Stream in Fort Mill being restored as new homes await

jmarks@fortmilltimes.comOctober 1, 2013 

— Legion Lake is going au naturel.

What once was a lake, then wasn’t, then sort of was again is now being converted into a stream off Hensley Road. The property is part of the Lakebridge subdivision being built there by D.R. Horton, which now won’t have its namesake feature.

“We are aware of the lake being drained,” said Dave Pettine, planning and development services director for York County. “It is part of work that has been required through the U.S. Army Corps of Engineers to re-establish a pre-existing stream channel that was there prior to the residential development.”

A Charlotte habitat enhancement subcontractor was out last week in the former lake bed, and will be for several more months. Eventually there will be a stream, walking trails and perhaps other features with hardwood forest plantings at the intersection of Legion Lake and Sportsman Lake roads.

“They’re doing a wonderful thing here for the environment,” one worker said.

Some home sites have been cleared already for Lakebridge. Silt fences are up throughout. The property includes three cul-de-sacs and backs up to homes in the Huntington Forest subdivision.

Historical maps show considerable change at the property. What’s been there in recent years, and what shows up in a Google map search, actually is a retention pond that’s about half or a third of the size of the original lake. The property started as a stream and was made into a lake, but when homes weren’t built it was restored to its natural state.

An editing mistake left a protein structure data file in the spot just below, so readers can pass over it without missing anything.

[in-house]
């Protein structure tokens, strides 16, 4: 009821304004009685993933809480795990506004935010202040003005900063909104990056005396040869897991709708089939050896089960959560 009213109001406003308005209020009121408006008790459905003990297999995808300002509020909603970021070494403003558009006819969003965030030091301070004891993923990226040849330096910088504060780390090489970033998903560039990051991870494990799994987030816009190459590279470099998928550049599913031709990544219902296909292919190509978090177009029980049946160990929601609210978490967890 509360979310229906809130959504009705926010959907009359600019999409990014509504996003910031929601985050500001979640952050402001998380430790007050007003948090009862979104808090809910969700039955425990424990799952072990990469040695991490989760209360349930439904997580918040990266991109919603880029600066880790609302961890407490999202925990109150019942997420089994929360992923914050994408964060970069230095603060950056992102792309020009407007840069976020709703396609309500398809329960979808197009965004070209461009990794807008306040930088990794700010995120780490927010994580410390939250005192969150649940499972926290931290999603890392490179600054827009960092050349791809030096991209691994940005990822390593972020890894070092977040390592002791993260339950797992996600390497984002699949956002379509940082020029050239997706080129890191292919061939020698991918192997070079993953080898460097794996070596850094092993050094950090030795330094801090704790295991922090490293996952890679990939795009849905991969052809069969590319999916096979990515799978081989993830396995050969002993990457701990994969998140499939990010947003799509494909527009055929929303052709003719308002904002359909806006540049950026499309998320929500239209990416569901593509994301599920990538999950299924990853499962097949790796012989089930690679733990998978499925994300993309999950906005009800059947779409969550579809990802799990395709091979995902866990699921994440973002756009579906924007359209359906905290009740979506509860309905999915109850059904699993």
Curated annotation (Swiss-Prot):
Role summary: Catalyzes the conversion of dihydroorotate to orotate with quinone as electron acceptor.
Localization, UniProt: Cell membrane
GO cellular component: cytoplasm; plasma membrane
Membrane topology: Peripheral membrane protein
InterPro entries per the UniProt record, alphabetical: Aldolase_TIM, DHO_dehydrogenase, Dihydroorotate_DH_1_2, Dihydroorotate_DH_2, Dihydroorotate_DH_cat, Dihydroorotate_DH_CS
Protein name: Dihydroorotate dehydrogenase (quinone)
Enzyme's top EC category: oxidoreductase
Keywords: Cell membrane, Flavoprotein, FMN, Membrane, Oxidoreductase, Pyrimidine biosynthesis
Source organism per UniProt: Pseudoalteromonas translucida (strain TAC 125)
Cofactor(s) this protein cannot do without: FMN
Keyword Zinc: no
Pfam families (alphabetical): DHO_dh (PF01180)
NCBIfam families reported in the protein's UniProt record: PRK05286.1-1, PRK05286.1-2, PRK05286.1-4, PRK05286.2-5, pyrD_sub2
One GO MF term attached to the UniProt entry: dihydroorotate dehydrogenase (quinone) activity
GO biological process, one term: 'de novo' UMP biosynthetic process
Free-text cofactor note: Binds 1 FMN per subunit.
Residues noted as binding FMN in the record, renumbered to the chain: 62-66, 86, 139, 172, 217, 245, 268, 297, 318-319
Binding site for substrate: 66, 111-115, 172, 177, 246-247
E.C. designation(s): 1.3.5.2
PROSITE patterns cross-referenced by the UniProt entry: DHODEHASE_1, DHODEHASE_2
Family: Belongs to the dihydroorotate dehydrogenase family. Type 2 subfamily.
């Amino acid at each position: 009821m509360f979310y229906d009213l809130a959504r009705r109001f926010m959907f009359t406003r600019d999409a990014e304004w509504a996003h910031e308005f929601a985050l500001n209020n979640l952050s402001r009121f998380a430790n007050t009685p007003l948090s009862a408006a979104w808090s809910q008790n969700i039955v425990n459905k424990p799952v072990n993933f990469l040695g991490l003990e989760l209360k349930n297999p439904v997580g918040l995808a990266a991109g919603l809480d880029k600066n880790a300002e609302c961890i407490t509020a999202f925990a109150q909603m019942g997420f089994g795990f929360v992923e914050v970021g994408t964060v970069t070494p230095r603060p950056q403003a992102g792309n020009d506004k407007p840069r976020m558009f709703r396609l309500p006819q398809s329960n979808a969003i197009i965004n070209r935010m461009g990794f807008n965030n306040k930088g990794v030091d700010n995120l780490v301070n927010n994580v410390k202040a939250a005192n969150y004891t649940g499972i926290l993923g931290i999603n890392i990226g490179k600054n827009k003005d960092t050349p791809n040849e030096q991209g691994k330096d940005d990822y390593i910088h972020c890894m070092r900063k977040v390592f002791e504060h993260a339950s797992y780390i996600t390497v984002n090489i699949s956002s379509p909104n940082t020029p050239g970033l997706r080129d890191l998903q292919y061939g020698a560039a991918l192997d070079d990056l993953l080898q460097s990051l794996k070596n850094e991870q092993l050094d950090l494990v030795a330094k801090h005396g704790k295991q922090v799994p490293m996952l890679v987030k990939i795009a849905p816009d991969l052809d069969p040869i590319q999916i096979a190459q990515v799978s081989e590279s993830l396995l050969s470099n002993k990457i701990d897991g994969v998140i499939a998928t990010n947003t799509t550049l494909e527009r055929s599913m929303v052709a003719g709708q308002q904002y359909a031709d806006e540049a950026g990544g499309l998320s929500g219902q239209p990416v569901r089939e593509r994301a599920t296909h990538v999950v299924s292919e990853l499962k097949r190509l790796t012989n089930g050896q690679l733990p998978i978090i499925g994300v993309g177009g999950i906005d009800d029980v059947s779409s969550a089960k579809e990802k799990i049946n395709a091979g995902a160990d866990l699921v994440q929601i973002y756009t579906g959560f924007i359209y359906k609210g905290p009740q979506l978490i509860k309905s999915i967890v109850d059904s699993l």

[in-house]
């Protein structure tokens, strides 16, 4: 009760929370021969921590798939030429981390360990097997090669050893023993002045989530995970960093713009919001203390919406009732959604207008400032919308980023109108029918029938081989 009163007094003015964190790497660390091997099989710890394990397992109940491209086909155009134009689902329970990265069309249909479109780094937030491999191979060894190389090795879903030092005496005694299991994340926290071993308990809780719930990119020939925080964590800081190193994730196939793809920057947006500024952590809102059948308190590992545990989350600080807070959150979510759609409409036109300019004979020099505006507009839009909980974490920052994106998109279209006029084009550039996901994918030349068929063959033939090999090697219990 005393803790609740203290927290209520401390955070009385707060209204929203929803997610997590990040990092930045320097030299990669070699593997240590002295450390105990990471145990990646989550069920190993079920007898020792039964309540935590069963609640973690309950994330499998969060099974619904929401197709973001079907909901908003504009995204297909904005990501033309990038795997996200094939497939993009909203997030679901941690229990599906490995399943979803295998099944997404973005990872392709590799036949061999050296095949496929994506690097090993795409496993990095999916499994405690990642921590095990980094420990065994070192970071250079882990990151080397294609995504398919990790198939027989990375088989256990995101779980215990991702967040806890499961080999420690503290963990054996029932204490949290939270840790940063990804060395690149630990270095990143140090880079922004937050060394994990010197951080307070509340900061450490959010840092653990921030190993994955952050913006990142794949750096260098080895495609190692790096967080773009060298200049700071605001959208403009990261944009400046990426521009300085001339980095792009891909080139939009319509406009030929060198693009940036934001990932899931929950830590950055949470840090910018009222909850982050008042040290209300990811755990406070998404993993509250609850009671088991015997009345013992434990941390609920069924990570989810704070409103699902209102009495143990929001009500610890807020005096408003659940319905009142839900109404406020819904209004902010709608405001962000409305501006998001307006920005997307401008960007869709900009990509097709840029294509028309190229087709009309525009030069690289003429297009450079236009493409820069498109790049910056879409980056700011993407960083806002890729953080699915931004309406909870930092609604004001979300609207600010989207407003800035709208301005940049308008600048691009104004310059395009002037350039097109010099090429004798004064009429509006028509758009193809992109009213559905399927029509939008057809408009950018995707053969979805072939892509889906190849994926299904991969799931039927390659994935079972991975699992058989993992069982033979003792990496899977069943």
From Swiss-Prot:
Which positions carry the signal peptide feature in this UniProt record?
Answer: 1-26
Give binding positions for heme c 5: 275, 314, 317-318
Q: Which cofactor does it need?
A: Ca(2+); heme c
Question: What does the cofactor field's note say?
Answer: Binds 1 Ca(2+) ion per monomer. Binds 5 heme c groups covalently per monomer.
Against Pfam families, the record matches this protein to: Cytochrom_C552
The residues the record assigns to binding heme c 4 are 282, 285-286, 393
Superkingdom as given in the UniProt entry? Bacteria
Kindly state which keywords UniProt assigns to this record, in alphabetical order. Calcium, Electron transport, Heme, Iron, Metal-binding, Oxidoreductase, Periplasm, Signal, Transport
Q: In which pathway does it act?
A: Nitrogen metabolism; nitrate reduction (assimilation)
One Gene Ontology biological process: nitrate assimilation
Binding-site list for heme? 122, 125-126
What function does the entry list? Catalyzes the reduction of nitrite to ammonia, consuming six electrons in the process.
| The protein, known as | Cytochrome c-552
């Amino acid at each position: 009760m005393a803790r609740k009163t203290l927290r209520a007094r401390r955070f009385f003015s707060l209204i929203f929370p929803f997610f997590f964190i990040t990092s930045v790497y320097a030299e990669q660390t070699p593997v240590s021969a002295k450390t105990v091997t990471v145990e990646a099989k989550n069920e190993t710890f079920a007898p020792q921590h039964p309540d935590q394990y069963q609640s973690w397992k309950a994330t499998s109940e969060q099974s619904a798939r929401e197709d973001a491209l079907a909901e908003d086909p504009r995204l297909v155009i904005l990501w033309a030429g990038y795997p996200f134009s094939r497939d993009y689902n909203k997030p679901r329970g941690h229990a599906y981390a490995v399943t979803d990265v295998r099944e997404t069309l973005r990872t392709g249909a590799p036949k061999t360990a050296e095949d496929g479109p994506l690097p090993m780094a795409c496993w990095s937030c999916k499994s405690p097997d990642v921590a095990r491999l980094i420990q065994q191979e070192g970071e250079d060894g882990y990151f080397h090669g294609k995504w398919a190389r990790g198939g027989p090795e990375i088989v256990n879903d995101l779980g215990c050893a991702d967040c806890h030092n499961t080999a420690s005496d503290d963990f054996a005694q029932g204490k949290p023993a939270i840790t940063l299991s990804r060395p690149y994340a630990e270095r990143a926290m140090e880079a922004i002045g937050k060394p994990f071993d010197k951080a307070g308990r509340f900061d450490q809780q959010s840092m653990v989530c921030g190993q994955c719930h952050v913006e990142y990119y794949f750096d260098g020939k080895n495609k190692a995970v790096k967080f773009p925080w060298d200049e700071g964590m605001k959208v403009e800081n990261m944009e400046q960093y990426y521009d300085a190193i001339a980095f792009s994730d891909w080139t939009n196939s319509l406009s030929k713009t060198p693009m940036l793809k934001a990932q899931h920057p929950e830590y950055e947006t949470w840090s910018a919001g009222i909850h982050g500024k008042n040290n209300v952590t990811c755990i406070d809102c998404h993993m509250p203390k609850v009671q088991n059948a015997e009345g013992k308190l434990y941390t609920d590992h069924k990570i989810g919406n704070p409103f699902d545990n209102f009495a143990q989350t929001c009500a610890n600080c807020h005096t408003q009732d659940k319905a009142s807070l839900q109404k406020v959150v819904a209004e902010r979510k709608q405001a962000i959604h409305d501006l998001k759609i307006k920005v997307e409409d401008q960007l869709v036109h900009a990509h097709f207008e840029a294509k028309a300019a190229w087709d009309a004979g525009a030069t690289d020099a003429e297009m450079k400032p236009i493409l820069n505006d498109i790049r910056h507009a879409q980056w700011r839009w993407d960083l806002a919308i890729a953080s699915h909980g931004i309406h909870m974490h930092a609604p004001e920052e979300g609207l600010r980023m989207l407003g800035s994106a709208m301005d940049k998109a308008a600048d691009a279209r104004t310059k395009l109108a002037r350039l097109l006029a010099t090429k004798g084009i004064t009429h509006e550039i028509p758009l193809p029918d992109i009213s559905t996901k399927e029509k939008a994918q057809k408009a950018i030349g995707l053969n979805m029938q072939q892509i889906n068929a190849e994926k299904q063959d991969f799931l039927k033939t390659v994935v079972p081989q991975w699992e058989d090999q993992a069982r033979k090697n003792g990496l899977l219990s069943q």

The retention pond “wasn’t supposed to have been here,” another worker last week said, but was put in place just prior to the recession when the property was being developed for residential use. That project never happened, but the retention pond stayed.

But because the property was naturalized – at least five years are needed – the stream became U.S. jurisdictional waters, meaning when the new residential project came in, the stream had to be restored.

The habitat restoration could take six months. New homes won’t be built in the lake/retention pond bed. The stream will run through the subdivision and behind already constructed homes on Makayla Court.

D.R. Horton did not respond to messages seeking comment.

According to county maps, the company owns almost 50 land parcels in the development off of Sportsman Lake and Legion Lake roads, and Lakebridge, Collin House and Bridgepoint drives.

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